1) If you do a High volume of writes (as it sounds like) your SSD may die much earilier than you expect. Most (not all) here are gamers that only occassionally do encoding.
    2) Transfer to and from a slow device to a SSD will be improved, but still bottlenected by the slowest device.
  2. I just bought the computer less than a week ago and I am trying to avoid installing the OS on the SSD because I am inexperienced with computers and I haven't installed an operating system or a SSD before. I may pay someone to install it. Thanks for the advice.
  3. It's really very easy.
    1) With only the SSD connected - Connect the SSD to the INTEL sata III port. (disconnect the HDD).
    2) boot to BIOS and set/verify that the Hard drive control is set to AHCI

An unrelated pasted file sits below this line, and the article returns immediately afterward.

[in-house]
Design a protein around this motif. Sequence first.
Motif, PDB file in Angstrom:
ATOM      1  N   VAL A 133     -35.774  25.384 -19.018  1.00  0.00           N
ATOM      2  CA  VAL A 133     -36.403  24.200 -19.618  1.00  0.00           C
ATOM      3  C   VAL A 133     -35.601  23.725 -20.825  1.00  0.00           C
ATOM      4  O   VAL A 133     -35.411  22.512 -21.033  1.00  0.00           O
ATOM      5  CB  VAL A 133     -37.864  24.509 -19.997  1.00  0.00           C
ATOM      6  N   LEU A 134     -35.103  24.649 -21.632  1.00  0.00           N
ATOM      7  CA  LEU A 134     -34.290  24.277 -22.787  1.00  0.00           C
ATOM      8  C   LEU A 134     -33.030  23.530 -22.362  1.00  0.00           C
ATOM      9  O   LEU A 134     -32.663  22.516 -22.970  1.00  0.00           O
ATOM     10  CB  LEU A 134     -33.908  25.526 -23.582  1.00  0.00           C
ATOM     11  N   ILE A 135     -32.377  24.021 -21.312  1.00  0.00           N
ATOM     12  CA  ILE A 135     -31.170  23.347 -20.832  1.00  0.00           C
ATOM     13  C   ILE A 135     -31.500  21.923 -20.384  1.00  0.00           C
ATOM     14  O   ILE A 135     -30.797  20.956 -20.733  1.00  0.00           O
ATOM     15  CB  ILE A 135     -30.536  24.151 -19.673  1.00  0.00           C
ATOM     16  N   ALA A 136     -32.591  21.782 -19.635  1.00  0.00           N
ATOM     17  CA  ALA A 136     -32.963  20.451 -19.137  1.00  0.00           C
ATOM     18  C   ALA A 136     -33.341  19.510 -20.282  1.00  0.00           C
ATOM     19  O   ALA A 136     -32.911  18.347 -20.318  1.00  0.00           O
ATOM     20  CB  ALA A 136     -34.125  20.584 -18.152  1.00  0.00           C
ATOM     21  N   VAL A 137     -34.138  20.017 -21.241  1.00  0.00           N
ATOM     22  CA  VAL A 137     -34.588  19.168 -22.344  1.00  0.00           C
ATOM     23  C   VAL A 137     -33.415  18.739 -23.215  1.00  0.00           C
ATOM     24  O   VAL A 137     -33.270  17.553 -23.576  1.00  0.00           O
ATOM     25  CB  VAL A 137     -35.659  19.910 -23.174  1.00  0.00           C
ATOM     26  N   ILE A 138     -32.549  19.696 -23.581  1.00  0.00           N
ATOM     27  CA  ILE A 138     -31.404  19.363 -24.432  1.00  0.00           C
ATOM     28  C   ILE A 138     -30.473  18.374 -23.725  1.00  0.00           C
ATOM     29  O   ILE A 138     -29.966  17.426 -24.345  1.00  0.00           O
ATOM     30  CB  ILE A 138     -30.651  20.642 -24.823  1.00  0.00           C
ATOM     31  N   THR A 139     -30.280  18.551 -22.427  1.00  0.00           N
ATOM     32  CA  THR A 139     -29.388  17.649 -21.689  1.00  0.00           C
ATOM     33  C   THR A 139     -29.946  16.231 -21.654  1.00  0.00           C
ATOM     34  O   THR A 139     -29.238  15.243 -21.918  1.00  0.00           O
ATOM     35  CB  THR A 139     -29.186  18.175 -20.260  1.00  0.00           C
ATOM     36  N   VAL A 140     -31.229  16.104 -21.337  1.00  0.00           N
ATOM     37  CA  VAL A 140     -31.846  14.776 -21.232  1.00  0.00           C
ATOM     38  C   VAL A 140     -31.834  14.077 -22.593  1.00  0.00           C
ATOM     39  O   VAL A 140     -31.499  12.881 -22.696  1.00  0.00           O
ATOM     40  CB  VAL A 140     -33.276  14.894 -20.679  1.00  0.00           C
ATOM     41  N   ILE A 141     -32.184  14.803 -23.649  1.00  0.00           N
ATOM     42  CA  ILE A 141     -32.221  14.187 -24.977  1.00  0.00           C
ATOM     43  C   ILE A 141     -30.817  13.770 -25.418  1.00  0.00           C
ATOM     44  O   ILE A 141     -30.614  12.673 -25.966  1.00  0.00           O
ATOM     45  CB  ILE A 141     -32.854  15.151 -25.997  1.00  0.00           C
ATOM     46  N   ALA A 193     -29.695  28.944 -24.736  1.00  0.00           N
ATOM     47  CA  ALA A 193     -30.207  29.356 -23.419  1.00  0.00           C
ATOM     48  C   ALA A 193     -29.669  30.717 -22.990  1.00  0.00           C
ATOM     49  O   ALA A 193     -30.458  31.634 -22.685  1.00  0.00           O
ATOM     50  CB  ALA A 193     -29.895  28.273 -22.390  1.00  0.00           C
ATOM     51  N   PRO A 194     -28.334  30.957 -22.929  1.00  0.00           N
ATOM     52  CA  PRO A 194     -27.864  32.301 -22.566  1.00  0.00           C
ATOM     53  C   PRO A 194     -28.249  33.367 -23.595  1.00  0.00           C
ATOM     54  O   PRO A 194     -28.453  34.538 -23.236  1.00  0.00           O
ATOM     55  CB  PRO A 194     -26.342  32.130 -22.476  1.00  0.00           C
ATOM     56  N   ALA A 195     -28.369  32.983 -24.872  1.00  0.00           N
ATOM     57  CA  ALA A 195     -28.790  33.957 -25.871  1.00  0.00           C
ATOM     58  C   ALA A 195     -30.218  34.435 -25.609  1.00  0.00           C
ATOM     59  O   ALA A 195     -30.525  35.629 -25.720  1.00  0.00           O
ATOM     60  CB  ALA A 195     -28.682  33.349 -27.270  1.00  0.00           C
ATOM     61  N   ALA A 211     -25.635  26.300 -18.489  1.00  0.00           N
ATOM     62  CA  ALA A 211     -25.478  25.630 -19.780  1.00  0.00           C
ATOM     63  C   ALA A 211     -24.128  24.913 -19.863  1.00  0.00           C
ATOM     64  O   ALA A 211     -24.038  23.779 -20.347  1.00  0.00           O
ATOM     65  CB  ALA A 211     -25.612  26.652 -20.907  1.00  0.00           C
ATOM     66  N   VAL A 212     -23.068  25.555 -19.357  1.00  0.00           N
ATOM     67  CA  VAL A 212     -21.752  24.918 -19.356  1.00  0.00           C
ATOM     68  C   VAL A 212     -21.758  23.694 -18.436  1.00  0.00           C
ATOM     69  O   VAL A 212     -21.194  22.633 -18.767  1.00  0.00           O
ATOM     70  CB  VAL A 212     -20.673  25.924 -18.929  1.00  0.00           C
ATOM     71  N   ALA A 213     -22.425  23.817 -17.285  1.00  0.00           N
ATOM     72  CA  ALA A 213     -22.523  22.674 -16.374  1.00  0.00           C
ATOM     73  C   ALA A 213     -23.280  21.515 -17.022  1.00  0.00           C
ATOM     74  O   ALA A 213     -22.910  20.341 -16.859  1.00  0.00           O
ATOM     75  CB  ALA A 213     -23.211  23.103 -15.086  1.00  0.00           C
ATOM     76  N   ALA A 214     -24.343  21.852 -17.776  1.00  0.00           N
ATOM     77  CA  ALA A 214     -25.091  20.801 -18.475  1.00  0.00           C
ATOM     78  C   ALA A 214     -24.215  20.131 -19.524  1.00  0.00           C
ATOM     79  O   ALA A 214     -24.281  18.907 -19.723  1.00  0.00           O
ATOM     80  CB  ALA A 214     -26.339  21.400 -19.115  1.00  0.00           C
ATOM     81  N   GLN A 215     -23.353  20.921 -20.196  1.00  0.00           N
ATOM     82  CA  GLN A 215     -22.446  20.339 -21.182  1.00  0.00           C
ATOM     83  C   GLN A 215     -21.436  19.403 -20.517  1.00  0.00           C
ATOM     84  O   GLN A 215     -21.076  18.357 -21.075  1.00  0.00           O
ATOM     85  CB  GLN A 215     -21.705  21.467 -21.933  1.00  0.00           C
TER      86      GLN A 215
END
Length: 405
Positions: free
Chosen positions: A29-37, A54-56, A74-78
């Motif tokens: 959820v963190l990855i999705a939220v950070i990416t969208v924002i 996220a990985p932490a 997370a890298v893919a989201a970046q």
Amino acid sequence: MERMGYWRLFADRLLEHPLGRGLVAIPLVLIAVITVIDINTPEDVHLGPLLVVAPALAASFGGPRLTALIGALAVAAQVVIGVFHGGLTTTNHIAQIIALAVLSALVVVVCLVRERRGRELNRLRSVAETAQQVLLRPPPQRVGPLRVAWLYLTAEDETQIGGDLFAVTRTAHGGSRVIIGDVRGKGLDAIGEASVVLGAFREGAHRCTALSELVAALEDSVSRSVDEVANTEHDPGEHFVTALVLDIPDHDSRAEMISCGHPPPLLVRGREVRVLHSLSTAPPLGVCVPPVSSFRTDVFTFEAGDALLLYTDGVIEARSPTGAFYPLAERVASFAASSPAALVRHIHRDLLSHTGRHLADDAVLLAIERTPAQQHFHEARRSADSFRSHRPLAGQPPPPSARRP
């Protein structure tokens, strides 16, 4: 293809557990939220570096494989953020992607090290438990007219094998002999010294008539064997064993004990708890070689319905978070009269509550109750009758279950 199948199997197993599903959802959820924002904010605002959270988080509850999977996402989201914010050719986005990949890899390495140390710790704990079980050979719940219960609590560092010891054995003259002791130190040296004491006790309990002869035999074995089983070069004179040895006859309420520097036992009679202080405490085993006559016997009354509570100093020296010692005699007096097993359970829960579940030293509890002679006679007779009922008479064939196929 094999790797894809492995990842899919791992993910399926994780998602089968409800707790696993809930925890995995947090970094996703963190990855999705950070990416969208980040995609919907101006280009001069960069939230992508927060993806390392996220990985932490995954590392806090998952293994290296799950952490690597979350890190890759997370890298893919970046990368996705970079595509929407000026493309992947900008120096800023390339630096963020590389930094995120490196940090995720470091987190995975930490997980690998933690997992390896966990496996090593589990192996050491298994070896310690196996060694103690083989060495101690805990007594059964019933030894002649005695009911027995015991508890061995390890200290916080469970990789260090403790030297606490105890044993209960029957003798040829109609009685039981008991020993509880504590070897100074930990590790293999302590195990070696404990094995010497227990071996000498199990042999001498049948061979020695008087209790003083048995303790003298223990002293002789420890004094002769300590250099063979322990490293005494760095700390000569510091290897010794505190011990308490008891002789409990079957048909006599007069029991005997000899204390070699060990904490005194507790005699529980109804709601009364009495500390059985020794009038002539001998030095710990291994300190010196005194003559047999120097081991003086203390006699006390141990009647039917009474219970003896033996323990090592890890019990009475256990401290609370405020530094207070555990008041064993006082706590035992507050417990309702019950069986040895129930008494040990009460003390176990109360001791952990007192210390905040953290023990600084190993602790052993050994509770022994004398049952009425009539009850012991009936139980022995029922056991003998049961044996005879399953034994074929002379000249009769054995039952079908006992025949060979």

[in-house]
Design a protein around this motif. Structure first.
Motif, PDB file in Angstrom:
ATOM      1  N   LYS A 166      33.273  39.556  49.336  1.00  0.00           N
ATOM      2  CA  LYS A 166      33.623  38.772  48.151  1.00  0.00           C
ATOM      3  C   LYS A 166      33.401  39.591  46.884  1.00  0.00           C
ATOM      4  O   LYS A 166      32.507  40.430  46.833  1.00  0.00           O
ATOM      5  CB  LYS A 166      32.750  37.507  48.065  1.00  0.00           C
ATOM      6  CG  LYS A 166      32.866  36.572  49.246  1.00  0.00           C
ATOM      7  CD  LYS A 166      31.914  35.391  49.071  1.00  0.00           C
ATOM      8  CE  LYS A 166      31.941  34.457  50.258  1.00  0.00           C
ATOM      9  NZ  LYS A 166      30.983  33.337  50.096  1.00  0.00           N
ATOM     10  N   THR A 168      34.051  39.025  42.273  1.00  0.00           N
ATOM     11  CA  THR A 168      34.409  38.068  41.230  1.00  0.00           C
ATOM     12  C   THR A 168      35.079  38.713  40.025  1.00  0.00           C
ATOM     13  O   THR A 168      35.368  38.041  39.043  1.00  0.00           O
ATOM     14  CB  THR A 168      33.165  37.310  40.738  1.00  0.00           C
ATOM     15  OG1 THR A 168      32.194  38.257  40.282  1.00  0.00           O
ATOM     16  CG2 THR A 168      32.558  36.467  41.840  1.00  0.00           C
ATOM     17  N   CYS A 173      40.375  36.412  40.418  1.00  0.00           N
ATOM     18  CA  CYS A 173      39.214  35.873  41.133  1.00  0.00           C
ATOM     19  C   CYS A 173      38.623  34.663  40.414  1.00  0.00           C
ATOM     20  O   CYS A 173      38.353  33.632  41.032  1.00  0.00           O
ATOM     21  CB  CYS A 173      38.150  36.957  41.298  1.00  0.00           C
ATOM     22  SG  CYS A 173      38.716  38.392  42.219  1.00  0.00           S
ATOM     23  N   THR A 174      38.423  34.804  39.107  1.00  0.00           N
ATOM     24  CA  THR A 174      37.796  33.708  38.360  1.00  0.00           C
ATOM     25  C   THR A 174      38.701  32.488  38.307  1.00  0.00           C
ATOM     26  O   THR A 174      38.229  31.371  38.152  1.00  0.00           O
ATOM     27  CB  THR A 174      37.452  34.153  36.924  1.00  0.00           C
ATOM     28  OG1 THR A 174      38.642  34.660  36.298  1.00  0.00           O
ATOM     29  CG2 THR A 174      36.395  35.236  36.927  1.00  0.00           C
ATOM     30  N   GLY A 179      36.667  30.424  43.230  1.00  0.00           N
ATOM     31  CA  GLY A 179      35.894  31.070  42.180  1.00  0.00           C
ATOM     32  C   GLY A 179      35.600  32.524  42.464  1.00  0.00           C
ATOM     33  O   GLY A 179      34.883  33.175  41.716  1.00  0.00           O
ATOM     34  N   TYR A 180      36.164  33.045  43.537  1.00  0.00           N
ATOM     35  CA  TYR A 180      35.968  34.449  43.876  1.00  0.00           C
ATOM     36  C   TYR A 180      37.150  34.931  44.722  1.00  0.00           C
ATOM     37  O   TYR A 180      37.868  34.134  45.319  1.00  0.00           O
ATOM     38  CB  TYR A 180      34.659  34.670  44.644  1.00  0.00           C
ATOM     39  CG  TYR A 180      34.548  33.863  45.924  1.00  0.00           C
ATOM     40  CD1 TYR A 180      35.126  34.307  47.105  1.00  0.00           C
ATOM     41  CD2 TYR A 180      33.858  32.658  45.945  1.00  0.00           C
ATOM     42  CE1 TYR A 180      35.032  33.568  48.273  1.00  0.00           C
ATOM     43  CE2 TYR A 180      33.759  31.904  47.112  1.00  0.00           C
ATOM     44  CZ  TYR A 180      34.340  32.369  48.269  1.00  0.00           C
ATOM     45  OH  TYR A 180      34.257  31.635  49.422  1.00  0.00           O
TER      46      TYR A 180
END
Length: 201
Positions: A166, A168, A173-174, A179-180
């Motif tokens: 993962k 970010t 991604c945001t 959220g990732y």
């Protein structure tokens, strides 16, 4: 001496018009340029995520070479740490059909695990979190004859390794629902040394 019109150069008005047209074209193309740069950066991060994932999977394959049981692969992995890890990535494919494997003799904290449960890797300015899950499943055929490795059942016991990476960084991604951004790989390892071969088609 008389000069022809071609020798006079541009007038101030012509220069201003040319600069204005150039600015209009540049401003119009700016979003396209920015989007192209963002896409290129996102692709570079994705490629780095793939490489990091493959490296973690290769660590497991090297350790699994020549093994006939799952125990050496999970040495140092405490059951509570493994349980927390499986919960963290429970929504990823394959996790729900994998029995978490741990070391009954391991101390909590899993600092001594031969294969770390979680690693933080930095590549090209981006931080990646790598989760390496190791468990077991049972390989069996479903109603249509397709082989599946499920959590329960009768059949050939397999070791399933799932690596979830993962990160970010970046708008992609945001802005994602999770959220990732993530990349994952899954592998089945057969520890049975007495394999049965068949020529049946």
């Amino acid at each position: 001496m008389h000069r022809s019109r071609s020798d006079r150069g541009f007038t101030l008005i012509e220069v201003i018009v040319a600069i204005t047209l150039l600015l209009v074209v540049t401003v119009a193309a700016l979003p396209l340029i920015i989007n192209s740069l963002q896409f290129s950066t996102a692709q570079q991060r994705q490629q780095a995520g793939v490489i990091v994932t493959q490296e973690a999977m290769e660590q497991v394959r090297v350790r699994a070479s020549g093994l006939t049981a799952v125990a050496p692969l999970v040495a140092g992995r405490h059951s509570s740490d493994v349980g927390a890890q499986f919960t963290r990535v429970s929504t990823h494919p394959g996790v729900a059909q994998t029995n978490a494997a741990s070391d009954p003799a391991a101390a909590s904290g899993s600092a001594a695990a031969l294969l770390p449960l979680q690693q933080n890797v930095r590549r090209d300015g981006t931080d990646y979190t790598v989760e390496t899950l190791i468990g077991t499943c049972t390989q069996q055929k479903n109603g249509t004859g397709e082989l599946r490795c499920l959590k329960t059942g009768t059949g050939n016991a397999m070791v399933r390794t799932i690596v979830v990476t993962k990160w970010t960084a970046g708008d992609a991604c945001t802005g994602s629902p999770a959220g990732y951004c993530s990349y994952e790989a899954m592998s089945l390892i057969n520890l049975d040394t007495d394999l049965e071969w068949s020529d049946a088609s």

3) Insert windows DVD in DVD drive
    4). Save and exit and let the computer boot to the DVD.
    5) tell windows to install

    walla - Done, just some drivers to load, let windows do it's updat thingy, and install programs.
    6) power off, connect up HDD
    Boot to windows and if the HDD has never been used, you need to Rt click on MYComputer, select manage, then on left side select Disk management.
    Click on DVD drive and change drive letter to say "E" - Note Windows will issue a warning - IGNORE IT.
    Click on drive 1 (Your HDD) - Your SSD should be drive zero and show a tiny 100 mb system partition and the rest of the SSD as drive C
    Initialize/partition/formate the HDD.

    When done come back with a new thread on tweeks, ie I always:
    A) disable Hibernation
    B) Set page file Min and Max to 1024 mb (providing you have 4 or more gigs of ram.
    C) LIMIT the folder size that restore points can use
    D) mover the .... User\(Yopu)\ Mydocuments to the "D" drive (your HDD